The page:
Why The League Of Extraordinary Gentlemen Should Get Their Own Series

If you remember that League of Extraordinary Gentlemen movie from 2003, you’re a special kind of breed. That movie didn’t get the best reception, but if I’m being honest, I actually kind of enjoyed it. Yeah, I know I’m in the minority here, but I find it entertaining on a certain level. Then again, that’s because I watched the movie before I read the comics, so maybe I just didn’t get offended by the deviation from the source material. I am a big comic book junkie, however, so I do understand how annoying it is when directors change things. After reading all volumes of the League of Extraordinary Gentlemen, I can tell why the big fans of the series didn’t like the movie. Heck, Alan Moore himself wasn’t too crazy about it for that reason.

For me, I just liked the creativity behind it, the superhero team element, and the action was fun to watch. Oh, and it’s pretty hard not to like Sean Connery as Alan Quartermain. That was his last role and he sure went out flexing his muscles, except the movie itself was underwhelming. However, I think we can put the movie’s failure behind us and think about giving the League another live-action adaptation. Should we do another movie? We wouldn’t want to repeat the mistakes of 2003, but the best way to avoid that trap again is to turn to television.

After watching The Boys on Amazon Prime, I’ve come to realize something: A series like this would probably never work as a movie. If you’ve never read the comics and just watch the show, you should know that the show is very, very elementary compared to the comics. The comics are crazy, with tons of vulgarity, violence, and mindless intercourse. Yes, we do get specks of this in the show, but believe me when I say that it’s much, much worse in the comics. The point is, even though the show waters down the most insane elements of The Boys, they can still show some of it to a degree. These are the kinds of things that are pretty hard to show in a movie for obvious reasons. Not everyone has Amazon Prime, but if you do, you’re probably old enough to watch The Boys.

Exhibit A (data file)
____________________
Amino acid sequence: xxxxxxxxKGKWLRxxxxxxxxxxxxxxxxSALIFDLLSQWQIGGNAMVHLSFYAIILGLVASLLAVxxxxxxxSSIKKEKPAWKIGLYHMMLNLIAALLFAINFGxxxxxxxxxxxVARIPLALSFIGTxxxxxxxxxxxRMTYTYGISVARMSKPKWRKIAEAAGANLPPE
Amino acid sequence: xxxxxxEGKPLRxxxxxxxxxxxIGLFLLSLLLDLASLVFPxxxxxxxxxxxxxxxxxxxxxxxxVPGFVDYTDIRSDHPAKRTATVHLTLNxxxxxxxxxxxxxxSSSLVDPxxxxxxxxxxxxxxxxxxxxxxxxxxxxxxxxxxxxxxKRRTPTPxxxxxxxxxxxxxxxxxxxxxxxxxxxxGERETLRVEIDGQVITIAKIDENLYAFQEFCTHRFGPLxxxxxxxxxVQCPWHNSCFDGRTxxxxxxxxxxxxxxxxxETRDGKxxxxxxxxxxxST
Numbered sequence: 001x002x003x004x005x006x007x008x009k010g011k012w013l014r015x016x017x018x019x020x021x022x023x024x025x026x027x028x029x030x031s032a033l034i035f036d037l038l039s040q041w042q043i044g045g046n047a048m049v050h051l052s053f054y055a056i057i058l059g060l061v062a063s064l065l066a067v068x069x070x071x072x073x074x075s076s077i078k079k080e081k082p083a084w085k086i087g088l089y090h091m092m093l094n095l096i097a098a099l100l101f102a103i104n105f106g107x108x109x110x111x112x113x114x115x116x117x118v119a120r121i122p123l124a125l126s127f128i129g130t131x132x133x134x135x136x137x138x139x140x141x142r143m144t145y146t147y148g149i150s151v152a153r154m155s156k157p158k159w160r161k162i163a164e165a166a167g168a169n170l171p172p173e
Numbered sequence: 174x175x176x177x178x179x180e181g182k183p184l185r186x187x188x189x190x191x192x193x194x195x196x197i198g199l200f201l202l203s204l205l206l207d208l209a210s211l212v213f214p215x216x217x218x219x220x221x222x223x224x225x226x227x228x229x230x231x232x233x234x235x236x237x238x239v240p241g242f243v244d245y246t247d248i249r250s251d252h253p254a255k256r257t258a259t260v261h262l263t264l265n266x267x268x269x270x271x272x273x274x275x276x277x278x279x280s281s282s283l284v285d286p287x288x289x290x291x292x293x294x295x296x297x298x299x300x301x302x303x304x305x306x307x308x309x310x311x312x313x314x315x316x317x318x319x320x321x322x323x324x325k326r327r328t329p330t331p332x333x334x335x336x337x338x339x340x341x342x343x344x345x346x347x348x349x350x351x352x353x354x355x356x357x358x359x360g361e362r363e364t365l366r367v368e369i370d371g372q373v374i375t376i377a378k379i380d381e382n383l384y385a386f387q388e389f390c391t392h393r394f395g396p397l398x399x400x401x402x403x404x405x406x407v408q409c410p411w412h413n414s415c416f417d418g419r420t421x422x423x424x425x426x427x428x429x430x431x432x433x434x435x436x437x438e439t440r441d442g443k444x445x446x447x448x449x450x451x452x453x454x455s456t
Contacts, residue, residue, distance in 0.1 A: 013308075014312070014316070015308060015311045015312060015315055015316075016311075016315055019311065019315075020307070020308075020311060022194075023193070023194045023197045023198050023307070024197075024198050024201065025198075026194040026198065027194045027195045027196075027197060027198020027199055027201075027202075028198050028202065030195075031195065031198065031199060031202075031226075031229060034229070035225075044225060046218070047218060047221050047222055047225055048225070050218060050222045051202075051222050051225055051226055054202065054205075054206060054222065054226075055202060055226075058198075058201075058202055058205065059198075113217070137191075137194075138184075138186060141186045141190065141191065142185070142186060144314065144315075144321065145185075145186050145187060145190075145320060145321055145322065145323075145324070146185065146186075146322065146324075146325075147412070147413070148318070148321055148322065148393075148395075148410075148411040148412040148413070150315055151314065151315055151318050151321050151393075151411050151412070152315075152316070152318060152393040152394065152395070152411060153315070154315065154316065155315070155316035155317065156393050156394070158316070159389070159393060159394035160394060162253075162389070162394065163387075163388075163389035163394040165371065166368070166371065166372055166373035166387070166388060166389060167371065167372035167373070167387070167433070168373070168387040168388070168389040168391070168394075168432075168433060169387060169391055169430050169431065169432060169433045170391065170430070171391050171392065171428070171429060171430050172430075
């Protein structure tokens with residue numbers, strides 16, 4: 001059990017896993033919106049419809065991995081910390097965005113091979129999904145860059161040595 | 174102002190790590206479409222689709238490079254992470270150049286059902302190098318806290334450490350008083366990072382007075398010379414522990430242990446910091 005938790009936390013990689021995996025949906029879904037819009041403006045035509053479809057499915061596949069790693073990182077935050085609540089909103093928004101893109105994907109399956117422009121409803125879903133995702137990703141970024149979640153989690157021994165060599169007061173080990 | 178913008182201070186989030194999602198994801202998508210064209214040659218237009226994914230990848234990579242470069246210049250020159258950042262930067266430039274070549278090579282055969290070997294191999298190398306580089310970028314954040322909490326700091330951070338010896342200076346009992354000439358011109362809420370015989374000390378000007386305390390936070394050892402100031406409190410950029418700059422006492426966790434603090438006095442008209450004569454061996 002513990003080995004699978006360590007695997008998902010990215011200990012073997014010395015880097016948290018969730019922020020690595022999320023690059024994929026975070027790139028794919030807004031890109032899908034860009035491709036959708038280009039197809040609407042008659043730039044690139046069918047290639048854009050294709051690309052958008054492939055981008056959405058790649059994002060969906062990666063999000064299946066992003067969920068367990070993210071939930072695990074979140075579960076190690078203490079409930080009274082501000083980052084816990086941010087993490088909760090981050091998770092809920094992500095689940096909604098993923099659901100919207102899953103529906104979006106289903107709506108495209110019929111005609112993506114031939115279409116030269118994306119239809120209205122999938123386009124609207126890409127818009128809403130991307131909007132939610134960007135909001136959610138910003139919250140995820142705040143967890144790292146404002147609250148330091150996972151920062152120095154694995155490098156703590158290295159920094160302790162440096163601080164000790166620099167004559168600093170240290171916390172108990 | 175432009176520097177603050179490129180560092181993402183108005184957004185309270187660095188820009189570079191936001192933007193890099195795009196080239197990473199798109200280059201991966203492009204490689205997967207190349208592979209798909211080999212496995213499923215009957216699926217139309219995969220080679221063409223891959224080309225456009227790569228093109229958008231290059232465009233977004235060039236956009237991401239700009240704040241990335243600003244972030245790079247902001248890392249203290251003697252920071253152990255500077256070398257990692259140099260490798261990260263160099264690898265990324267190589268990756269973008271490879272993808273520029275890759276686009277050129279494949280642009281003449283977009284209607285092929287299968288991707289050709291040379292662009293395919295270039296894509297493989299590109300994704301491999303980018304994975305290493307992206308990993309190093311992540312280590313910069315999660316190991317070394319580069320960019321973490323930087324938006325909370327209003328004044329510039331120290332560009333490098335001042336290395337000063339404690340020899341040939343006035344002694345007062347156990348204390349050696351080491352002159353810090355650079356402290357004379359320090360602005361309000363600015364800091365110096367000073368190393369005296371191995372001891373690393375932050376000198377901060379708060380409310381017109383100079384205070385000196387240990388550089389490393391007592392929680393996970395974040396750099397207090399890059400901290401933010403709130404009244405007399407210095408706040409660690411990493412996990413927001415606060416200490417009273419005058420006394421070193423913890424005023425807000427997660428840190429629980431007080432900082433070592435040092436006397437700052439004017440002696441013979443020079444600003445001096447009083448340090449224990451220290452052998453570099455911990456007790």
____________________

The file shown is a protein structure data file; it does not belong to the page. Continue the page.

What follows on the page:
I bring up The Boys because it reminds me of The League. As someone who has read the comics and watched the movie, I can point out some key differences. Let’s get the most critical one out of the way: the comics are very extreme compared to the movie. The movie felt like a cheap attempt to make a superhero movie with popular literary characters. It felt generic and unoriginal; the comic itself has a very different vibe to it. Yes, Alan Moore developed the team to be “the Justice League of Victorian England”. The thing is, this is Alan Moore we’re talking about. The man is known for writing some crazy stuff with morally questionable characters. The League of Extraordinary Gentlemen is no exception and while traditional superheroes are the inspiration, it does anything but follow the typical superhero storylines.

This is probably the biggest difference between the comics and the movie. The movie’s version of the team had them act like your typical superhero team: they were a group of people with extraordinary abilities, except they weren’t all team-players, so they didn’t get along at first, but when the world was in danger, they put aside their differences and saved the world as a team. How many times have we seen that? Quite a lot, but the movie kind of missed the point on what the League is all about. Unlike their movie counterparts, the comic League is filled with morally compromised lunatics.